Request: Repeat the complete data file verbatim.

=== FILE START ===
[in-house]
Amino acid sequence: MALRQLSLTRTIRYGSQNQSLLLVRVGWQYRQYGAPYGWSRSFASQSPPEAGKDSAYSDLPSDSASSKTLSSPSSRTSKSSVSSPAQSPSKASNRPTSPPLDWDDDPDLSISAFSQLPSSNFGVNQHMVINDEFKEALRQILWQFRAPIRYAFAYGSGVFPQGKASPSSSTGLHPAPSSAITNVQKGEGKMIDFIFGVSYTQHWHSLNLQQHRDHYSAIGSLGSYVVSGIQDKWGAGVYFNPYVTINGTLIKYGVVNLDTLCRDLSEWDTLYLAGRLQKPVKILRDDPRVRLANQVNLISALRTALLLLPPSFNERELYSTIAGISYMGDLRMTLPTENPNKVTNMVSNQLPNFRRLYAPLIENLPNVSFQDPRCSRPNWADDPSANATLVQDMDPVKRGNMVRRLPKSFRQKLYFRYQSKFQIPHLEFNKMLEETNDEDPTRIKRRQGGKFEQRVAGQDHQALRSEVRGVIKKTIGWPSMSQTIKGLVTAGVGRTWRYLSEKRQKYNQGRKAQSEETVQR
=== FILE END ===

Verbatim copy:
[in-house]
Amino acid sequence: MALRQLSLTRTIRYGSQNQSLLLVRVGWQYRQYGAPYGWSRSFASQSPPEAGKDSAYSDLPSDSASSKTLSSPSSRTSKSSVSSPAQSPSKASNRPTSPPLDWDDDPDLSISAFSQLPSSNFGVNQHMVINDEFKEALRQILWQFRAPIRYAFAYGSGVFPQGKASPSSSTGLHPAPSSAITNVQKGEGKMIDFIFGVSYTQHWHSLNLQQHRDHYSAIGSLGSYVVSGIQDKWGAGVYFNPYVTINGTLIKYGVVNLDTLCRDLSEWDTLYLAGRLQKPVKILRDDPRVRLANQVNLISALRTALLLLPPSFNERELYSTIAGISYMGDLRMTLPTENPNKVTNMVSNQLPNFRRLYAPLIENLPNVSFQDPRCSRPNWADDPSANATLVQDMDPVKRGNMVRRLPKSFRQKLYFRYQSKFQIPHLEFNKMLEETNDEDPTRIKRRQGGKFEQRVAGQDHQALRSEVRGVIKKTIGWPSMSQTIKGLVTAGVGRTWRYLSEKRQKYNQGRKAQSEETVQR